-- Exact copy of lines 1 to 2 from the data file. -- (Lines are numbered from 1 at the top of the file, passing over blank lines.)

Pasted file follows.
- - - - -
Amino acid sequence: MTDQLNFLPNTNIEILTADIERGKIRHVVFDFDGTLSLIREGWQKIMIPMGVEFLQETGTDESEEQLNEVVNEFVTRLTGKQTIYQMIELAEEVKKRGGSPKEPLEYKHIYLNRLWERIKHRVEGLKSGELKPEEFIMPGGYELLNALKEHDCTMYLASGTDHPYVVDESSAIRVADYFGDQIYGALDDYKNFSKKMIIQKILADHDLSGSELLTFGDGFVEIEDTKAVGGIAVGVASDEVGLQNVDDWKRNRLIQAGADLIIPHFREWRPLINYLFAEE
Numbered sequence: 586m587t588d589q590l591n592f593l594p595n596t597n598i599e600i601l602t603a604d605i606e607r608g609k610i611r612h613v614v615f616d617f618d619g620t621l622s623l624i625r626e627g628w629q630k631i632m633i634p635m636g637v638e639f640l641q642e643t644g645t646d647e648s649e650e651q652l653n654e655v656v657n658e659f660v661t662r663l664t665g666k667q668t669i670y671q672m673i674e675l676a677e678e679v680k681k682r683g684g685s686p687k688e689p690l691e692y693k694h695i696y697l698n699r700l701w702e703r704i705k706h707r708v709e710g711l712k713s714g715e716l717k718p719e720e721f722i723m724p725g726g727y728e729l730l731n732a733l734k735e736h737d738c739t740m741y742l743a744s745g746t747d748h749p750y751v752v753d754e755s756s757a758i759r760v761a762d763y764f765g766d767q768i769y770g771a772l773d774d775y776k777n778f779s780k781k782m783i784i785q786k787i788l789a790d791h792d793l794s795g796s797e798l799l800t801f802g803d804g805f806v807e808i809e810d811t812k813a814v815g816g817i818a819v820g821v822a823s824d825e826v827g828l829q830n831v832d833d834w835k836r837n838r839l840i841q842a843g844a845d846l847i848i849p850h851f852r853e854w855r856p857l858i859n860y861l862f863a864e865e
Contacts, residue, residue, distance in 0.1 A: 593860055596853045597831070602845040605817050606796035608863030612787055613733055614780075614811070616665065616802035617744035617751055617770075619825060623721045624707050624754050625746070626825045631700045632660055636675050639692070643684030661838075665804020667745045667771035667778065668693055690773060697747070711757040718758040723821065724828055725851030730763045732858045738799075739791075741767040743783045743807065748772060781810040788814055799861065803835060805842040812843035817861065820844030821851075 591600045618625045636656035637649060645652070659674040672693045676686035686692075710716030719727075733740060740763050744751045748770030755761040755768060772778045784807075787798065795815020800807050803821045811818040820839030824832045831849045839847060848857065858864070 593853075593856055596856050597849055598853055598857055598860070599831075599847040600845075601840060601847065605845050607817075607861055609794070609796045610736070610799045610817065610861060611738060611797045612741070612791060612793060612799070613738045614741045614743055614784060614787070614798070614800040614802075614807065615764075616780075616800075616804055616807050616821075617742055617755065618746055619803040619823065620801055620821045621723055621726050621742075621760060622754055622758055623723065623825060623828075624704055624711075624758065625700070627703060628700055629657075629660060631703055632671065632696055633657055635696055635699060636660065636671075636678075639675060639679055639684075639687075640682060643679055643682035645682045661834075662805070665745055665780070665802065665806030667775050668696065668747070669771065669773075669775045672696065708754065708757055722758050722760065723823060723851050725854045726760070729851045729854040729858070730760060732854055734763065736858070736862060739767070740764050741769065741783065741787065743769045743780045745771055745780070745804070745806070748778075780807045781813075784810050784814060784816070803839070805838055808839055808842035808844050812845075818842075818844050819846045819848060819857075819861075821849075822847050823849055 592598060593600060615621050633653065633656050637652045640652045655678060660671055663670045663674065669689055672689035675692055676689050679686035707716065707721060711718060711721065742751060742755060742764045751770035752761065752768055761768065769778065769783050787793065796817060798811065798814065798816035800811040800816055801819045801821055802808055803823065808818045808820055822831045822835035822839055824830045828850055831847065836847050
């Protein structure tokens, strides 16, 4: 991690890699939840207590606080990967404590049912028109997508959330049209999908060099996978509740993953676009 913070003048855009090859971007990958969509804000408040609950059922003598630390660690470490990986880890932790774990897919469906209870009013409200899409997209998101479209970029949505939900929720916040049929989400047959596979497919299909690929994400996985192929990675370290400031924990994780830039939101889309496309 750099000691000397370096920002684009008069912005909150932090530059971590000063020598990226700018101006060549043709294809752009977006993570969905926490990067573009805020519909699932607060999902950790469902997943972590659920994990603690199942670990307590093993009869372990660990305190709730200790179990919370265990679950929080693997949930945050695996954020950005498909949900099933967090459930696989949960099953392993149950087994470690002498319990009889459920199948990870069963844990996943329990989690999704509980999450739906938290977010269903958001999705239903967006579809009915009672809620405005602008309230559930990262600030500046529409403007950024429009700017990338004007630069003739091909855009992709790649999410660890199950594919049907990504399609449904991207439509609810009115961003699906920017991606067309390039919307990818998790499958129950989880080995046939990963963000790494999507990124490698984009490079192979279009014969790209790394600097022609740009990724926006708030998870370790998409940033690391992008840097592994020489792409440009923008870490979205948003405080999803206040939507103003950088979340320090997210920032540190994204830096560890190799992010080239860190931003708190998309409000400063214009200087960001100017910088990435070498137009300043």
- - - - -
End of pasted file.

Amino acid sequence: MTDQLNFLPNTNIEILTADIERGKIRHVVFDFDGTLSLIREGWQKIMIPMGVEFLQETGTDESEEQLNEVVNEFVTRLTGKQTIYQMIELAEEVKKRGGSPKEPLEYKHIYLNRLWERIKHRVEGLKSGELKPEEFIMPGGYELLNALKEHDCTMYLASGTDHPYVVDESSAIRVADYFGDQIYGALDDYKNFSKKMIIQKILADHDLSGSELLTFGDGFVEIEDTKAVGGIAVGVASDEVGLQNVDDWKRNRLIQAGADLIIPHFREWRPLINYLFAEE
Numbered sequence: 586m587t588d589q590l591n592f593l594p595n596t597n598i599e600i601l602t603a604d605i606e607r608g609k610i611r612h613v614v615f616d617f618d619g620t621l622s623l624i625r626e627g628w629q630k631i632m633i634p635m636g637v638e639f640l641q642e643t644g645t646d647e648s649e650e651q652l653n654e655v656v657n658e659f660v661t662r663l664t665g666k667q668t669i670y671q672m673i674e675l676a677e678e679v680k681k682r683g684g685s686p687k688e689p690l691e692y693k694h695i696y697l698n699r700l701w702e703r704i705k706h707r708v709e710g711l712k713s714g715e716l717k718p719e720e721f722i723m724p725g726g727y728e729l730l731n732a733l734k735e736h737d738c739t740m741y742l743a744s745g746t747d748h749p750y751v752v753d754e755s756s757a758i759r760v761a762d763y764f765g766d767q768i769y770g771a772l773d774d775y776k777n778f779s780k781k782m783i784i785q786k787i788l789a790d791h792d793l794s795g796s797e798l799l800t801f802g803d804g805f806v807e808i809e810d811t812k813a814v815g816g817i818a819v820g821v822a823s824d825e826v827g828l829q830n831v832d833d834w835k836r837n838r839l840i841q842a843g844a845d846l847i848i849p850h851f852r853e854w855r856p857l858i859n860y861l862f863a864e865e